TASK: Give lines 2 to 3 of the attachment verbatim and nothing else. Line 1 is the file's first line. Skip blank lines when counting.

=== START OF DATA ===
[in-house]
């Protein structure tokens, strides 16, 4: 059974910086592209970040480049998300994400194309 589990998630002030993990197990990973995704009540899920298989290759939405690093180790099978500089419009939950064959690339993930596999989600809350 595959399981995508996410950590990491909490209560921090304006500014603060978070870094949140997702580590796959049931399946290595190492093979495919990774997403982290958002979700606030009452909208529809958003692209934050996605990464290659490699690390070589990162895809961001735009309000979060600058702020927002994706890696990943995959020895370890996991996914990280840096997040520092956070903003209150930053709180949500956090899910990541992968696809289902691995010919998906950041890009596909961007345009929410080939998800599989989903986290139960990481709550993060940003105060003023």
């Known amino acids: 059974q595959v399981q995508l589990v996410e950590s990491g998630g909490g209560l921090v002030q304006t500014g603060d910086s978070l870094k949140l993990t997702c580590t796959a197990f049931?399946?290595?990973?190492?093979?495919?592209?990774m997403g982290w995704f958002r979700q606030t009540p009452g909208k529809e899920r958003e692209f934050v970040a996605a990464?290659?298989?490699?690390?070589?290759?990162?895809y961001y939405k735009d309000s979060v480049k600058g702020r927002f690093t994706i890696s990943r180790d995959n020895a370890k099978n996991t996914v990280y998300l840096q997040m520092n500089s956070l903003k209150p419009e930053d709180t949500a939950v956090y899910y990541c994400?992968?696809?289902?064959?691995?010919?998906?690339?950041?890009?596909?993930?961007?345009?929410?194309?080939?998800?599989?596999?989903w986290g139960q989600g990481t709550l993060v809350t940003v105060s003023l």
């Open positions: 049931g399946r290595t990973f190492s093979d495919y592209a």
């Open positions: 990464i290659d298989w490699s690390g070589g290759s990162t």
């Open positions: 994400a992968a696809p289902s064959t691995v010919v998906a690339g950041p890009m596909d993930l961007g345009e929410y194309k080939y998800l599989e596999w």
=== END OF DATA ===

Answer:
């Protein structure tokens, strides 16, 4: 059974910086592209970040480049998300994400194309 589990998630002030993990197990990973995704009540899920298989290759939405690093180790099978500089419009939950064959690339993930596999989600809350 595959399981995508996410950590990491909490209560921090304006500014603060978070870094949140997702580590796959049931399946290595190492093979495919990774997403982290958002979700606030009452909208529809958003692209934050996605990464290659490699690390070589990162895809961001735009309000979060600058702020927002994706890696990943995959020895370890996991996914990280840096997040520092956070903003209150930053709180949500956090899910990541992968696809289902691995010919998906950041890009596909961007345009929410080939998800599989989903986290139960990481709550993060940003105060003023």
């Known amino acids: 059974q595959v399981q995508l589990v996410e950590s990491g998630g909490g209560l921090v002030q304006t500014g603060d910086s978070l870094k949140l993990t997702c580590t796959a197990f049931?399946?290595?990973?190492?093979?495919?592209?990774m997403g982290w995704f958002r979700q606030t009540p009452g909208k529809e899920r958003e692209f934050v970040a996605a990464?290659?298989?490699?690390?070589?290759?990162?895809y961001y939405k735009d309000s979060v480049k600058g702020r927002f690093t994706i890696s990943r180790d995959n020895a370890k099978n996991t996914v990280y998300l840096q997040m520092n500089s956070l903003k209150p419009e930053d709180t949500a939950v956090y899910y990541c994400?992968?696809?289902?064959?691995?010919?998906?690339?950041?890009?596909?993930?961007?345009?929410?194309?080939?998800?599989?596999?989903w986290g139960q989600g990481t709550l993060v809350t940003v105060s003023l």